Both Caterpillar and Komatsu not only want to sell their equipment but also want to mine the mining companies’ data. If a mining company wants to control its own data, it needs its own equipment. Halder said, “Data is not ours. Data should belong to mining companies.” Another reason to hire SafeAI.
Challenges for autonomous vehicles
Halder was the guy that Ford Motor Company picked to open its first Silicon Valley office in January 2015, to lead the development of software for Advanced Driver Assist Technologies. After an 11-month stint at Ford, Halder put in eight months at Faraday Future, leading its self-driving software development. Then he switched to Apple where he was senior architect for autonomous vehicle development.
Halder refrained from talking about specifics on the Apple project, but noted, “A lot of people say a lot of things about Apple, but Apple will do just fine.” After he left Apple in September 2017 and established SafeAI, Halder found big customers for the autonomy segment, other than GM or Ford, rather limited. That’s when SafeAI got a contract from one of the world’s top 5 mining companies.
SafeAI’s responsibility is to retrofit a $5 million mining truck with autonomy features. “Over the next 12 months, we will prove that our autonomous trucks operate absolutely safely and get the job done.”
Compared to passenger vehicles that must drive on highways and surface roads among vulnerable pedestrians and unpredictable human drivers, autonomous mining trucks operate in a constrained environment. “That makes our job at SafeAI much easier,” said Halder. But he made it clear that the company is not using outdated or limited AV software. Its AV technology software can handle a four-way stop or a small child running after a ball, even though children tend not to show up in mines.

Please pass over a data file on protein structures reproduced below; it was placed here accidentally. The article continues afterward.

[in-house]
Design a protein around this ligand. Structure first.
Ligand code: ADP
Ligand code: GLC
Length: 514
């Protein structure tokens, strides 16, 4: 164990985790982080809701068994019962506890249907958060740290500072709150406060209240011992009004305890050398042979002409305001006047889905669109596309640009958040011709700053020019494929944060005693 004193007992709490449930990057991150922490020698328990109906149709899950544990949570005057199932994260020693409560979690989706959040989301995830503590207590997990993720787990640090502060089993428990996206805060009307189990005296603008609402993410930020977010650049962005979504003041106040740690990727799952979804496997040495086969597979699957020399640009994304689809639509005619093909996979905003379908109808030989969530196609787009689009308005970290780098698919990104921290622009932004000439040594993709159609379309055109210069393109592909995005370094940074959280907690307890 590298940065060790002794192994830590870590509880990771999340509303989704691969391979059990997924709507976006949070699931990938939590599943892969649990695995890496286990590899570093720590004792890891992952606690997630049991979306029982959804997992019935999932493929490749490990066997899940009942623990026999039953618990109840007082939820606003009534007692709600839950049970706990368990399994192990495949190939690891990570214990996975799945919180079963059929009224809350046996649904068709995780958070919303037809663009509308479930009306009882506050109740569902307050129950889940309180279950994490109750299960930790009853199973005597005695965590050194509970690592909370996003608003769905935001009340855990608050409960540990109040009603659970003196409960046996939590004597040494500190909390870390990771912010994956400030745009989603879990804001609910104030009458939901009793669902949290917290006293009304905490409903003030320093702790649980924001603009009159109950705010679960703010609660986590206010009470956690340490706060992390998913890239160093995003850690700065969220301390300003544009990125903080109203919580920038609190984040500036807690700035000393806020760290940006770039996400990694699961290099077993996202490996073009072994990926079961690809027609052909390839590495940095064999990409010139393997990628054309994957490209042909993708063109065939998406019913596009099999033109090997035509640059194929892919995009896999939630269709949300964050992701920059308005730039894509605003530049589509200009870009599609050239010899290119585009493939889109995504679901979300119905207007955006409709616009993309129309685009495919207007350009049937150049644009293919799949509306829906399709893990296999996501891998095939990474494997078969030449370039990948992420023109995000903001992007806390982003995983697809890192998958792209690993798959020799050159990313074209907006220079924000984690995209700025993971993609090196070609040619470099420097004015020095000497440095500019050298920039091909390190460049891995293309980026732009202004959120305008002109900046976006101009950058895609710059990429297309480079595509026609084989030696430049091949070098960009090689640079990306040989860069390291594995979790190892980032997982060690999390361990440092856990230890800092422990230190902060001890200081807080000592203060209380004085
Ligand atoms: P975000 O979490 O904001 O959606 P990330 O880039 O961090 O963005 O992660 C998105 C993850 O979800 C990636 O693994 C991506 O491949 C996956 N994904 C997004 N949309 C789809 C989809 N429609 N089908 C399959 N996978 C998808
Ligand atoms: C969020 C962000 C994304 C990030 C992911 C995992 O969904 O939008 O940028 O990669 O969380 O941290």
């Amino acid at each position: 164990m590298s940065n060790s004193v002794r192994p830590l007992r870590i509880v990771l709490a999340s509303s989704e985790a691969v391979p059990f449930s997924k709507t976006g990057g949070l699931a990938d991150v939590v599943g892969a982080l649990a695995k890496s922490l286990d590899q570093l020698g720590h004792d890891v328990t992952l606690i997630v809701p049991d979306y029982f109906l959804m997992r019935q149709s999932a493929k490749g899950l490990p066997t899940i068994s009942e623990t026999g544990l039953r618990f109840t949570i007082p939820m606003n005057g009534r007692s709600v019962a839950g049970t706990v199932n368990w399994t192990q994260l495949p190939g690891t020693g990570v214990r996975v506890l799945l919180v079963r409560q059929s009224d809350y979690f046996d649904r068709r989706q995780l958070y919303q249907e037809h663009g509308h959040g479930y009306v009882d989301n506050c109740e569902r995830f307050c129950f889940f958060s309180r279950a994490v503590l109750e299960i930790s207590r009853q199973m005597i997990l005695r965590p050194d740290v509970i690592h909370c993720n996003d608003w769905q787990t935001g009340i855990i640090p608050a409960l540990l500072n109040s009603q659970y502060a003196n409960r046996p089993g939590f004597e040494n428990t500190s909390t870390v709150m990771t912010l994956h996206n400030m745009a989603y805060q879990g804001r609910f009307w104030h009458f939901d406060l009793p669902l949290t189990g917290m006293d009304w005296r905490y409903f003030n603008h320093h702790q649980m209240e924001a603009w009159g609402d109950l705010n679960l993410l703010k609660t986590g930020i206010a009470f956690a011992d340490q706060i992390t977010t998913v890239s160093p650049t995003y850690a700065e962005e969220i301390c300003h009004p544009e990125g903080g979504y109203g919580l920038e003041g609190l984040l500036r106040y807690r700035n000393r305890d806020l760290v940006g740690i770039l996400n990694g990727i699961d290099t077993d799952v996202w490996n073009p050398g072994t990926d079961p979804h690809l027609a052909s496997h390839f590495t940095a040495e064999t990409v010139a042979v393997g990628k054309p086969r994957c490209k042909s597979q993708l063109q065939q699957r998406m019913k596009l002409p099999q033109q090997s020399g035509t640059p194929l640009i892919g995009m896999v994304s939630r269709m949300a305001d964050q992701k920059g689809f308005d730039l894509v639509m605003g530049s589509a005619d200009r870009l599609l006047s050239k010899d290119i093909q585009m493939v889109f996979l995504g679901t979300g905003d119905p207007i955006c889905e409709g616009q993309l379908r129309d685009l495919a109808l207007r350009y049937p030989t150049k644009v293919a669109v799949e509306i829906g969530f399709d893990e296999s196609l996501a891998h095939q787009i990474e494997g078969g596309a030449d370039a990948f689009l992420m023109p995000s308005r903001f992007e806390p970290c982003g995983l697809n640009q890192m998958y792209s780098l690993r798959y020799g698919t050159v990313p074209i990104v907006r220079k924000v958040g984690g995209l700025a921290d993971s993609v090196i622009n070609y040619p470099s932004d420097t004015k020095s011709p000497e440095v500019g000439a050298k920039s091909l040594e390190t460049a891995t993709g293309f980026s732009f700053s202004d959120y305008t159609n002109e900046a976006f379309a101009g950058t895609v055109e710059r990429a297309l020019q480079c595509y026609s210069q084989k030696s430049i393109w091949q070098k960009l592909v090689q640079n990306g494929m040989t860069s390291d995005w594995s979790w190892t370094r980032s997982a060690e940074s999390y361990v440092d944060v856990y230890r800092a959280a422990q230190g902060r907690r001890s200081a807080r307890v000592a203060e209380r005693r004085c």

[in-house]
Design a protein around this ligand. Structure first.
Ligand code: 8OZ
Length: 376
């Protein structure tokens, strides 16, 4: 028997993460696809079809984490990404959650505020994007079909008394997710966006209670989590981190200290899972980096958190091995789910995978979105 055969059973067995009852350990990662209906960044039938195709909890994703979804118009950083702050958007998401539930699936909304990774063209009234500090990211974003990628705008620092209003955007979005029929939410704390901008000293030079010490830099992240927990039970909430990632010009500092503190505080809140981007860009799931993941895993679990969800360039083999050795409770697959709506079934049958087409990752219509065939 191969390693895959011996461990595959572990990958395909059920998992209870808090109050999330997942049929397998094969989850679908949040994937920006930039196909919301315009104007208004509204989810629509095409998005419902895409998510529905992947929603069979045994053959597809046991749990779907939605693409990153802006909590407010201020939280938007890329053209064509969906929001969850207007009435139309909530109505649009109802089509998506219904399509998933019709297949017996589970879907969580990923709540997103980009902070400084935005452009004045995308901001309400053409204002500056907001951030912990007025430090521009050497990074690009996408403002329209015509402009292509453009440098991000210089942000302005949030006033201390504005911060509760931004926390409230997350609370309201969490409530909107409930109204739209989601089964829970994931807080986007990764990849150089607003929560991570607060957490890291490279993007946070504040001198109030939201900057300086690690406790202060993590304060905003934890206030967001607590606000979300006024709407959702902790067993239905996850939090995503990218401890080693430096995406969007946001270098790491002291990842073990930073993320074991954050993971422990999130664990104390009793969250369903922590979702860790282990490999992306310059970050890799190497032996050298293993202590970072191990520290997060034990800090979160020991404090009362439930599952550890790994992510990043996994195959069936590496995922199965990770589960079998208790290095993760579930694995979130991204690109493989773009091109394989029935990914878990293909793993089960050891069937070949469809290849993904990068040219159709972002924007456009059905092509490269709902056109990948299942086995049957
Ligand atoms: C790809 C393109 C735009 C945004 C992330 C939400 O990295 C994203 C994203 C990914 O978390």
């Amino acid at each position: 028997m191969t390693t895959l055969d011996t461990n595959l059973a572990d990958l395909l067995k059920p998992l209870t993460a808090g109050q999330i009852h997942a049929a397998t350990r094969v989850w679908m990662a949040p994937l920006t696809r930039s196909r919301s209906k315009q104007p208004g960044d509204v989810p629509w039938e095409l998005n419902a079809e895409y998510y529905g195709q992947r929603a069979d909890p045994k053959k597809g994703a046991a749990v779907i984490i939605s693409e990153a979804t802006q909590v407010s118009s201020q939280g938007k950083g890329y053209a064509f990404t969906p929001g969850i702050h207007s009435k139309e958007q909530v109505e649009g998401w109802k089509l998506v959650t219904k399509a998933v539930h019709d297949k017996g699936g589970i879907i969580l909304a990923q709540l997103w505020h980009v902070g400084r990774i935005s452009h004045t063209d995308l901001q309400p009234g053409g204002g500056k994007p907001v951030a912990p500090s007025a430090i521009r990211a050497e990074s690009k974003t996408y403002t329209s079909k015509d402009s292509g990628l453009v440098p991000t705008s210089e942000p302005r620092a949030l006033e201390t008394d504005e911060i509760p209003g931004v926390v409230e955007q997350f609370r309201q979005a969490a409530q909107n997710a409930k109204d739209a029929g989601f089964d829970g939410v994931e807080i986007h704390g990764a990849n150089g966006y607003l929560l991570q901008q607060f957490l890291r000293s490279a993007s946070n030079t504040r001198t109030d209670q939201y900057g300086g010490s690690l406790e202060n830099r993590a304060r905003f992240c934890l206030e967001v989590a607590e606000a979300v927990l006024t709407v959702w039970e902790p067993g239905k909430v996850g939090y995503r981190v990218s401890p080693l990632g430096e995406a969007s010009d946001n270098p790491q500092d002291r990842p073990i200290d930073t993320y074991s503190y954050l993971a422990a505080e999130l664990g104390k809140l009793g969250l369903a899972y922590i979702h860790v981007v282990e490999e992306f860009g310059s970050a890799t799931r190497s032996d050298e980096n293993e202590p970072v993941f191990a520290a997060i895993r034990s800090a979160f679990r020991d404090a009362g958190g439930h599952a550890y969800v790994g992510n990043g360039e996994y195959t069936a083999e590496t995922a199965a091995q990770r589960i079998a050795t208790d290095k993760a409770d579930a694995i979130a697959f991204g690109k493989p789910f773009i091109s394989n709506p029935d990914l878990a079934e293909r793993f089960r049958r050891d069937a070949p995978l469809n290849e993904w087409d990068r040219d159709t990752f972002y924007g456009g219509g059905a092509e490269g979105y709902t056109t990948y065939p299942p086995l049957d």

Can you scale?
Asked where the challenges of the autonomous mining trucks lie, Halder said, “Ten percent of our job is about AV algorithm, 50 percent of the task is about production of autonomous trucks. The rest is about figuring out how to scale up.”
The mining industry thus far has produced 500 autonomous mining trucks in total, estimated Halder. To scale the business up from 500 to 50,000 trucks, a huge gap must be bridged. Today, the mining company is spending $500,000 to equip a $5 million truck with AV tech, explained Halder. That technology cost might not seem huge for a $5 million truck, but to scale the business, it still must come down.
Whether an automotive OEM is developing a robotaxi or a mining company needs an automated loader, Halder believes that being able to share the advancements of AV technology while reusing common AV hardware and software is pivotal.
In an opinion piece this year, Halder observed, “AV companies are largely developing their cars as a package deal, which requires extraordinary expertise and investment in vehicle technologies, software and cloud-based systems.” But in his opinion, “This strategy could ultimately take a toll on innovation and competition by limiting the possibility of interchangeable components that could drive down costs and bring AVs to market faster.”
If you are Waymo, you might be able to sustain a vertically integrated approach, developing all of the tech stack either in house or within proprietary partnerships.
Halder, however, argued, “This means that an AV's components will be tied to just one company's ecosystem, even though it's unlikely any one company will dominate the field across vehicle, software and cloud.”
In developing a passenger AV, undoubtedly there is room for further development in the AV software stack. But what could substantially delay the commercial launch of the AV isn’t just technology but cost. The AV industry’s reluctance to share components will sustain the prohibitive cost of automated vehicles for fleet owners and end users, Halder predicted.
Asked where he envisions himself to be in the AV industry 10 years from now, “I will be happy to stay in the mining industry.”